School Talk is the only on-going, weekly, television / satellite / internet talk show with experts and recognized leaders, dedicated to covering contemporary issues related to EDUCATION. For over 25 years, this non-profit group has brought education to the public, and provided an archive of content for professional development. www.schooltalk.tv
The Children's Physical Developmental Clinic (CPDC) at Bridgewater State University (BSU) is a unique physical, motor and recreation program that has been serving children with disabilities from Eastern Massachusetts and Rhode Island since January 1974. The program is designed to enhance perceptual-motor, gross motor, sport, aquatic and leisure skills as well as social development of children and youth with disabilities, ages 18 months to 18 years. www.bridgew.edu/cpdc
CONNECT is a partnership of the six public higher education institutions in Southeastern Massachusetts: Bridgewater State University, Bristol Community College, Cape Cod Community College, Massachusetts Maritime Academy, Massasoit Community College, and the University of Massachusetts Dartmouth
Established in January, 2003, CONNECT has two basic goals: to improve the quality, accessibility, and affordability of higher education; to advance the economic, educational, and cultural life of Southeastern Massachusetts.
CONNECT realizes its mission by focusing on four major areas, with activities and initiatives that: enhance academic programs and ease transfer of students among the institutions; foster economic development throughout the region; promote cultural programs and projects; share expertise and resources. The executive officers of the CONNECT institutions act cooperatively to strengthen their institutional missions, and to enrich the life of the region.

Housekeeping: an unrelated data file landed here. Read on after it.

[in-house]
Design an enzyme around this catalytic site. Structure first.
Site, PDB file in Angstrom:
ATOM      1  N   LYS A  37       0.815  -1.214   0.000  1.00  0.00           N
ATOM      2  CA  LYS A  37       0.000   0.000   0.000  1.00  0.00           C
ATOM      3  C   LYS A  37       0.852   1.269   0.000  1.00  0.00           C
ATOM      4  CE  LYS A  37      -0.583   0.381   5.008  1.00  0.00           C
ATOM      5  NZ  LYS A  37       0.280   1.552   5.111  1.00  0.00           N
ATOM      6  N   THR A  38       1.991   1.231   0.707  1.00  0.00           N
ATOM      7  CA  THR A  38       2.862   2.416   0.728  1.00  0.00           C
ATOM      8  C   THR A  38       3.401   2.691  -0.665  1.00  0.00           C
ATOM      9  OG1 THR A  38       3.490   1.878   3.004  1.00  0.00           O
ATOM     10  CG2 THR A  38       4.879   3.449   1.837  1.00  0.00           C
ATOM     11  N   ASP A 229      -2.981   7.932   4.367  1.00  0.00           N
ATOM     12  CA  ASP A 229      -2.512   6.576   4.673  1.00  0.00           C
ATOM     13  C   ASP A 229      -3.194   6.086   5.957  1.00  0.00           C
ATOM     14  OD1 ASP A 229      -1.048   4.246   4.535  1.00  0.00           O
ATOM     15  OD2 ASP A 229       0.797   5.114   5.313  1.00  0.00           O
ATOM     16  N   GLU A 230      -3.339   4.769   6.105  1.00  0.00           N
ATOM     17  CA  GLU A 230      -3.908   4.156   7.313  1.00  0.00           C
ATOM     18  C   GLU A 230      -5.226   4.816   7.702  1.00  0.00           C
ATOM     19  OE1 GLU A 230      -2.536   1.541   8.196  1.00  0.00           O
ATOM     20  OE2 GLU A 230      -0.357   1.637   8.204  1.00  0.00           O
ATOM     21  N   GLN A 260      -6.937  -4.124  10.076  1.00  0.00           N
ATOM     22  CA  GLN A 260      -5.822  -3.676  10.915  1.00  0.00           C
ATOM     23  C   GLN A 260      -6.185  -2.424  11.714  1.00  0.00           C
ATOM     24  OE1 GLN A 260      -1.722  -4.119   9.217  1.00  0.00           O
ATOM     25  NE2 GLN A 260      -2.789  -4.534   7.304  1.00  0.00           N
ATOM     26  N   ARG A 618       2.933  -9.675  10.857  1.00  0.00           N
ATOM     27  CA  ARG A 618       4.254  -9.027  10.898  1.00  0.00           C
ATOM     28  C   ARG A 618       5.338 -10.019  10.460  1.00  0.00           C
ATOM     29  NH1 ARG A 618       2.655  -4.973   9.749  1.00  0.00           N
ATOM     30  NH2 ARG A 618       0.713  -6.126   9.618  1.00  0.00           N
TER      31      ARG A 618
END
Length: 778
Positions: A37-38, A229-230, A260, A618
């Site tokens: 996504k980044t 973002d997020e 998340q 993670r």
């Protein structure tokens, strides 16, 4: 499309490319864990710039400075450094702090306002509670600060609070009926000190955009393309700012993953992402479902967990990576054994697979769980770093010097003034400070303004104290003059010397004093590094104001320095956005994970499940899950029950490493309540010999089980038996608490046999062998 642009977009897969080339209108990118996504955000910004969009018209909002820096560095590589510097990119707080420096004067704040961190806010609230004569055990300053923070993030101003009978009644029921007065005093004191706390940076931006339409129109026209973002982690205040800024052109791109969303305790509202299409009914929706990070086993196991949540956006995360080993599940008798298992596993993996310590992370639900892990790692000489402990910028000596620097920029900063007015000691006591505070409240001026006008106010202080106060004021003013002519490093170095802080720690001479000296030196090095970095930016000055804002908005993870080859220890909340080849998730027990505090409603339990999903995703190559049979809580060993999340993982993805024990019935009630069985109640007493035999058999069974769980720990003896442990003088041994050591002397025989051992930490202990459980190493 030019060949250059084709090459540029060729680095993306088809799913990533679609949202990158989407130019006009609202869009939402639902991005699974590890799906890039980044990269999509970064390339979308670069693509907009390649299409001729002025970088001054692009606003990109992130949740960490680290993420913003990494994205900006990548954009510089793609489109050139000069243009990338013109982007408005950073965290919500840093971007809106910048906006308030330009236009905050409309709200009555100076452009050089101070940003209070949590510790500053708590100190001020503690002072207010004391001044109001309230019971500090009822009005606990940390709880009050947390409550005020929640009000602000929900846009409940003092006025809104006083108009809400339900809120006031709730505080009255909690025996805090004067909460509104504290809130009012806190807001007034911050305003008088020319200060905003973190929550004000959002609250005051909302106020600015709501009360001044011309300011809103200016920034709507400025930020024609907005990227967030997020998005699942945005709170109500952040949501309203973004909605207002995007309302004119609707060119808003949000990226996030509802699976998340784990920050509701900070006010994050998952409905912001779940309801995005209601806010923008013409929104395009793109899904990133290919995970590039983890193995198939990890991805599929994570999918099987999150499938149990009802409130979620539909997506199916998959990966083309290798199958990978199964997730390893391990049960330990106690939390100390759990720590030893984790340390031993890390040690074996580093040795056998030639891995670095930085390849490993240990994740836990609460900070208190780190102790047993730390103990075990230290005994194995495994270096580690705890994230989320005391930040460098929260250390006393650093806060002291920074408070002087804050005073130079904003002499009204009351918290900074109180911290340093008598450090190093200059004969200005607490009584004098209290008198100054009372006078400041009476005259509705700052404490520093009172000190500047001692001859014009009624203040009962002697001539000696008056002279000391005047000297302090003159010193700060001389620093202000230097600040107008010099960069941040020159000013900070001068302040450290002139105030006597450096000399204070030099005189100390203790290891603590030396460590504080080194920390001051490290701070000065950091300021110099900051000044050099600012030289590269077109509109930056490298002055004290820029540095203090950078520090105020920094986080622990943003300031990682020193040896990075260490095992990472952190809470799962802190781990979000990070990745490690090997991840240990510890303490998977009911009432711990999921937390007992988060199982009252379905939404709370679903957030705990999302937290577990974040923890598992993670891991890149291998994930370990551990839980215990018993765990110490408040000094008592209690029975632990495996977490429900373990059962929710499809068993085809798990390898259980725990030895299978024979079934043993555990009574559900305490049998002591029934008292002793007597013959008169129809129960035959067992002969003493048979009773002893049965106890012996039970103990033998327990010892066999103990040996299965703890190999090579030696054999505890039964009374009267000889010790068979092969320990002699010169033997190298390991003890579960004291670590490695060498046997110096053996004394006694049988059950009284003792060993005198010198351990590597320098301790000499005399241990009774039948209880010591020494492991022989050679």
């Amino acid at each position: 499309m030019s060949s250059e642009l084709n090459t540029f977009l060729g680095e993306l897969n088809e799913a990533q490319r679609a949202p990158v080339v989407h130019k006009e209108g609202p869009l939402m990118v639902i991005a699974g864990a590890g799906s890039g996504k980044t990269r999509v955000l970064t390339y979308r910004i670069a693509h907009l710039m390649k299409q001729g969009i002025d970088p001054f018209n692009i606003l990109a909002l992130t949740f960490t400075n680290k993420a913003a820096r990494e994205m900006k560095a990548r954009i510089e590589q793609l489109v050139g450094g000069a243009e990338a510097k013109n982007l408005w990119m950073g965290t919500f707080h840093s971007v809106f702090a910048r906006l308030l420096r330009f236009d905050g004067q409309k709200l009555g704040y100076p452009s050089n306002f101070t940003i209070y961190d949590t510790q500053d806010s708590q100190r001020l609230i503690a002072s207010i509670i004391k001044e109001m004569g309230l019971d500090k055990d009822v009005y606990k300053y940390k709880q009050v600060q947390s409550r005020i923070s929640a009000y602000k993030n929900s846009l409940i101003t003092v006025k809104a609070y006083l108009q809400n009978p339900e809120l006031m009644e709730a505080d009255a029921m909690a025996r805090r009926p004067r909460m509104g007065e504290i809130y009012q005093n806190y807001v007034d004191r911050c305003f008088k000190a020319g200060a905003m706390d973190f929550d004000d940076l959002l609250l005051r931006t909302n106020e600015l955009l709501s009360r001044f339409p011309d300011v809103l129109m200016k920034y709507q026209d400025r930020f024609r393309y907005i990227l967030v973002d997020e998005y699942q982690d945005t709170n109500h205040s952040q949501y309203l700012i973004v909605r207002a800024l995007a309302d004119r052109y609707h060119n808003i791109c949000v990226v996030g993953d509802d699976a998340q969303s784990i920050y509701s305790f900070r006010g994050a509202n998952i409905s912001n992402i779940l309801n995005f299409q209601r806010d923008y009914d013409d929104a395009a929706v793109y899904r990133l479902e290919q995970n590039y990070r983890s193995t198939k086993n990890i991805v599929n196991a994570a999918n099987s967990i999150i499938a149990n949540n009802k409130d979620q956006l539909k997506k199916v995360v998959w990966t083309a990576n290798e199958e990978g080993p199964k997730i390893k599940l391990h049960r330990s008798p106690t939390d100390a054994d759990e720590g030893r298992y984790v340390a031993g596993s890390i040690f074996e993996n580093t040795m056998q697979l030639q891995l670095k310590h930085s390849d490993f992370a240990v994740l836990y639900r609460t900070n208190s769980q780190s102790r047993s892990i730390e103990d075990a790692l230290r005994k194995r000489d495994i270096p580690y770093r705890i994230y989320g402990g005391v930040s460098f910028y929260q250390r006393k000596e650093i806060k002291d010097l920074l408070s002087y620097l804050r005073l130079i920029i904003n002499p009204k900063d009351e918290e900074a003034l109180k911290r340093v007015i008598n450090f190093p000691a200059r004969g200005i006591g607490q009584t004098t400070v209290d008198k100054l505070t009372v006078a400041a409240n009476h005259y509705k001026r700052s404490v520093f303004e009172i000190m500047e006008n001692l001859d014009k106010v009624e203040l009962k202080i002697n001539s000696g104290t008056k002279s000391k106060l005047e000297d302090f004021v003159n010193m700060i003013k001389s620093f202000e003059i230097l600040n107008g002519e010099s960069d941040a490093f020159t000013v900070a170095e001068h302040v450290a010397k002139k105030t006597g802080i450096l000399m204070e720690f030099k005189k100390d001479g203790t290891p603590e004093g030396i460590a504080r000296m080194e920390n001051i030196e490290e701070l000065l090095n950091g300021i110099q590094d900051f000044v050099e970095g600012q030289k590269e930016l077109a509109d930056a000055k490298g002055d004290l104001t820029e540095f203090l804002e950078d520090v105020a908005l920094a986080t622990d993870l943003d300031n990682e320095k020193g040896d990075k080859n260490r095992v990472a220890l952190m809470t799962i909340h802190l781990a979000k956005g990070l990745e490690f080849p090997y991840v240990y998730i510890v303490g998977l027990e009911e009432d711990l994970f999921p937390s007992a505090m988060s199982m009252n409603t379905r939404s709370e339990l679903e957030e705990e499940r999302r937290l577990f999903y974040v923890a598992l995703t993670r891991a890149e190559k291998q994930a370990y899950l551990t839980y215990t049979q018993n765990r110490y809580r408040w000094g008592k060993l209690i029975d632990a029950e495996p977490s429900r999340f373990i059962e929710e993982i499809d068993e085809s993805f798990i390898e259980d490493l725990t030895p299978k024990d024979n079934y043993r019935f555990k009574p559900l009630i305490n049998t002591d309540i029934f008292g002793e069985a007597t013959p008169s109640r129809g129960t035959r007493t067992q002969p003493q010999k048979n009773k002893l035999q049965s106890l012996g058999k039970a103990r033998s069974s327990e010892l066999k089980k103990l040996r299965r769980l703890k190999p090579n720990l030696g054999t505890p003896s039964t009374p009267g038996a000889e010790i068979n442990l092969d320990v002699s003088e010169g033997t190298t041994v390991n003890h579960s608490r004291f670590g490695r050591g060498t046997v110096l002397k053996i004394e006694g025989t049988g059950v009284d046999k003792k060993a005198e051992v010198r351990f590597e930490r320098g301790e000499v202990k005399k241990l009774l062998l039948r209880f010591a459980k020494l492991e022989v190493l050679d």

The Adrian Tinsley Program for Undergraduate Research (ATP) gives students the opportunity to do one-on-one mentored work on a project of their own design--either research-based or creative. Any undergraduate, regardless of major or GPA, is eligible to participate in the program. Working with their faculty mentors, students develop a significant question on a subject both personally important to them as well as professionally important to the area of study they are working in and conduct their work either during the semester (with the financial support of a semester grant) or the summer (with the substantial financial support of a summer research grant).
The project may include laboratory research in the physical and life sciences; research in education, mathematics and business; scholarship in the humanities and social sciences; creative writing; and stage performances, displays or research in the visual arts and design.